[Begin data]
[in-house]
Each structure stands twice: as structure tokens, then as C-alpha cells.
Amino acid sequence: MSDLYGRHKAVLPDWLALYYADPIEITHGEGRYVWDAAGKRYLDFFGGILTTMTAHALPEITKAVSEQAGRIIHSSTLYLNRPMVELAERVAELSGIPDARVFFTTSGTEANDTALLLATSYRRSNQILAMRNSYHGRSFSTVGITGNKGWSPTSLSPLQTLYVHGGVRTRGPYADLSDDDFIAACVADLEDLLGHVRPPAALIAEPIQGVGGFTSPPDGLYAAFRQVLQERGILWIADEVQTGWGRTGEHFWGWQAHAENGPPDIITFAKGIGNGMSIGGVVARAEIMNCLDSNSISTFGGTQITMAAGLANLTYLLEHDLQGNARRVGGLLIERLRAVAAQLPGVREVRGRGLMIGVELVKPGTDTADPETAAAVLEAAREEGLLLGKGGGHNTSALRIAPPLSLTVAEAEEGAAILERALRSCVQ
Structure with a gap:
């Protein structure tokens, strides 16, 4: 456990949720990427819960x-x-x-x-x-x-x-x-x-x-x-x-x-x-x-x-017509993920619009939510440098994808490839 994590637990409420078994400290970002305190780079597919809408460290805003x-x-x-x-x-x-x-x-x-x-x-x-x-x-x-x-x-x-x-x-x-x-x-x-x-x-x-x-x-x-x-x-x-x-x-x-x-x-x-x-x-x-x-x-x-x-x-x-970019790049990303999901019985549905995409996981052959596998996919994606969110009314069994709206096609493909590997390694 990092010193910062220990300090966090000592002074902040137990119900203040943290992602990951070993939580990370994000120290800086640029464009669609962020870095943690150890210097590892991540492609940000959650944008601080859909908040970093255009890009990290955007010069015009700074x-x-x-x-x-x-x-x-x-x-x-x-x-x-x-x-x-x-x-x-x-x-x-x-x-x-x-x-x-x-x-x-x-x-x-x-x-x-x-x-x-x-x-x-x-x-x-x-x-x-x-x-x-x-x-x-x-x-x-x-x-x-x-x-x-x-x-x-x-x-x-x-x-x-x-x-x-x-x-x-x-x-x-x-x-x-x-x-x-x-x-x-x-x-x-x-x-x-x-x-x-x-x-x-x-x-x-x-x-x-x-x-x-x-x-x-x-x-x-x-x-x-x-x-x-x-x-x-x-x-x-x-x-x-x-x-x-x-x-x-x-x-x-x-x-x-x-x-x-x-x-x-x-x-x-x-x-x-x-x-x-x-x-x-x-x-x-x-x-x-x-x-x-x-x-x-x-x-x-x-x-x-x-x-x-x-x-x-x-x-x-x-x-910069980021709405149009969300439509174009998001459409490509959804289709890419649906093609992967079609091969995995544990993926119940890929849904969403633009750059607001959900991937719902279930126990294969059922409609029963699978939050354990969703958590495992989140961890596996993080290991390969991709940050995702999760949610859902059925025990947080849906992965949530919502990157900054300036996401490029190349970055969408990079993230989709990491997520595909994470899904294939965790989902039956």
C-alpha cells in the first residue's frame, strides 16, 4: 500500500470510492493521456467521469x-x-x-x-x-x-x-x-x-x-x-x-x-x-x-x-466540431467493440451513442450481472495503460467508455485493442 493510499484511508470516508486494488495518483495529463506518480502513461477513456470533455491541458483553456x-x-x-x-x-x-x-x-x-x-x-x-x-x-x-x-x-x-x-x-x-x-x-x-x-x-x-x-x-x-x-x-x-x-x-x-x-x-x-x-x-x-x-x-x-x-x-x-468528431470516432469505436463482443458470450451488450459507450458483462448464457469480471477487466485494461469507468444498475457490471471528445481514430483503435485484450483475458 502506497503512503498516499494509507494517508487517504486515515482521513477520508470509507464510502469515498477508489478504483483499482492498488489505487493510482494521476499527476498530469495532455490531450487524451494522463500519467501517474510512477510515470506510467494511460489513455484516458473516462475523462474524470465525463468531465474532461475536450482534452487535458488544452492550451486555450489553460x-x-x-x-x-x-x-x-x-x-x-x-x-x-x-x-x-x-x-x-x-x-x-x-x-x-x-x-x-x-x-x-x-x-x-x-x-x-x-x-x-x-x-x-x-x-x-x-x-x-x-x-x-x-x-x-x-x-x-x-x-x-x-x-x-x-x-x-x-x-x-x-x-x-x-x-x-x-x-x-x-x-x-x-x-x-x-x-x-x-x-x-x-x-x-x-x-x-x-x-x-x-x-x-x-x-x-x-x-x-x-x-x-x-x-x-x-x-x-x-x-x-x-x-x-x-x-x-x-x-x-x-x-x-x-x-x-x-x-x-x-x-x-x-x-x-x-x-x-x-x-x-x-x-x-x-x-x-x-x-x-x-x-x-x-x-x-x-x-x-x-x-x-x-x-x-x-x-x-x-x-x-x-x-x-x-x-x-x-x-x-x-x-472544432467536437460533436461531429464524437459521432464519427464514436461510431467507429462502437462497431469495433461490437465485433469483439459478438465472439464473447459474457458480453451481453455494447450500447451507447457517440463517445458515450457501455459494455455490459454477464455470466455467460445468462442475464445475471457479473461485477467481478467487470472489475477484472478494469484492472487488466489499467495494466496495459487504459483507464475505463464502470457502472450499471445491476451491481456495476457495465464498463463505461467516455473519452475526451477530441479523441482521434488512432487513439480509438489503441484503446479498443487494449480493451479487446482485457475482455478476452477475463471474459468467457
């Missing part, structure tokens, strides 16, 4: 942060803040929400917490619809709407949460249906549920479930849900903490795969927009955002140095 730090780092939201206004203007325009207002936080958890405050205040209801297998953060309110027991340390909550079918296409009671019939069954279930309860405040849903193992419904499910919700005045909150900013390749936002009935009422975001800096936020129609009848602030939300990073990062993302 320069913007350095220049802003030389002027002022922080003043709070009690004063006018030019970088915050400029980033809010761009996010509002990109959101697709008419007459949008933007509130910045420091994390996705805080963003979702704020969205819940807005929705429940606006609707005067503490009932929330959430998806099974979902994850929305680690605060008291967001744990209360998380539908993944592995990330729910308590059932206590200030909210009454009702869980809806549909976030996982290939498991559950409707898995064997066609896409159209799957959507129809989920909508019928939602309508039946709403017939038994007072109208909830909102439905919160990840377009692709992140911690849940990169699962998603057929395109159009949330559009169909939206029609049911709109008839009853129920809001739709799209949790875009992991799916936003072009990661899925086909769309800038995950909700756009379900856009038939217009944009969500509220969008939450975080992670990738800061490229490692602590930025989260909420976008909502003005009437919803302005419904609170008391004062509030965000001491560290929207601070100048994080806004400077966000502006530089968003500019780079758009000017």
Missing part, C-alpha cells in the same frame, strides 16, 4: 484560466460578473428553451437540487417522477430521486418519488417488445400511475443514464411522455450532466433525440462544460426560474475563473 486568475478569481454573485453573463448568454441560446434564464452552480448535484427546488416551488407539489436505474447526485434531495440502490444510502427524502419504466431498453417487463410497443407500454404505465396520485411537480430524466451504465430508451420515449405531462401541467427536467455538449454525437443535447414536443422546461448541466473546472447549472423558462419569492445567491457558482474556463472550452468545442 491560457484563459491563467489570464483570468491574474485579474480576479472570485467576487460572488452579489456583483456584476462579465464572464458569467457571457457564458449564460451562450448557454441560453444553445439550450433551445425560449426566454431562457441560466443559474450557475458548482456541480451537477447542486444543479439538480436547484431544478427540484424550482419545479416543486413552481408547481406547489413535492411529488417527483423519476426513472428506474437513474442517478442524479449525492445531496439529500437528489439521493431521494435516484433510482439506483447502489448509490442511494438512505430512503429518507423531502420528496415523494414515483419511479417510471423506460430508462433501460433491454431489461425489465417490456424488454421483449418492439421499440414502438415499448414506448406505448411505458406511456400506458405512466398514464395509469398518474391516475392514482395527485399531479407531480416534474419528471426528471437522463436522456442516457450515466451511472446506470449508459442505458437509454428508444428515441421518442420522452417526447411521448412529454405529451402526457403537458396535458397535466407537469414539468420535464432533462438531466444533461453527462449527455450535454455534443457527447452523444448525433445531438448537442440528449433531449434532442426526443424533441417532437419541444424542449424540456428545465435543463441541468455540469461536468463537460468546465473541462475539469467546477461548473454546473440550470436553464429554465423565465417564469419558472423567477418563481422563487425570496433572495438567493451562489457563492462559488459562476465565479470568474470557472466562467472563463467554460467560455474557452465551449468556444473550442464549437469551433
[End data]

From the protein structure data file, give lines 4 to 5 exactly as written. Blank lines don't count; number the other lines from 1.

Structure with a gap:
């Protein structure tokens, strides 16, 4: 456990949720990427819960x-x-x-x-x-x-x-x-x-x-x-x-x-x-x-x-017509993920619009939510440098994808490839 994590637990409420078994400290970002305190780079597919809408460290805003x-x-x-x-x-x-x-x-x-x-x-x-x-x-x-x-x-x-x-x-x-x-x-x-x-x-x-x-x-x-x-x-x-x-x-x-x-x-x-x-x-x-x-x-x-x-x-x-970019790049990303999901019985549905995409996981052959596998996919994606969110009314069994709206096609493909590997390694 990092010193910062220990300090966090000592002074902040137990119900203040943290992602990951070993939580990370994000120290800086640029464009669609962020870095943690150890210097590892991540492609940000959650944008601080859909908040970093255009890009990290955007010069015009700074x-x-x-x-x-x-x-x-x-x-x-x-x-x-x-x-x-x-x-x-x-x-x-x-x-x-x-x-x-x-x-x-x-x-x-x-x-x-x-x-x-x-x-x-x-x-x-x-x-x-x-x-x-x-x-x-x-x-x-x-x-x-x-x-x-x-x-x-x-x-x-x-x-x-x-x-x-x-x-x-x-x-x-x-x-x-x-x-x-x-x-x-x-x-x-x-x-x-x-x-x-x-x-x-x-x-x-x-x-x-x-x-x-x-x-x-x-x-x-x-x-x-x-x-x-x-x-x-x-x-x-x-x-x-x-x-x-x-x-x-x-x-x-x-x-x-x-x-x-x-x-x-x-x-x-x-x-x-x-x-x-x-x-x-x-x-x-x-x-x-x-x-x-x-x-x-x-x-x-x-x-x-x-x-x-x-x-x-x-x-x-x-x-910069980021709405149009969300439509174009998001459409490509959804289709890419649906093609992967079609091969995995544990993926119940890929849904969403633009750059607001959900991937719902279930126990294969059922409609029963699978939050354990969703958590495992989140961890596996993080290991390969991709940050995702999760949610859902059925025990947080849906992965949530919502990157900054300036996401490029190349970055969408990079993230989709990491997520595909994470899904294939965790989902039956």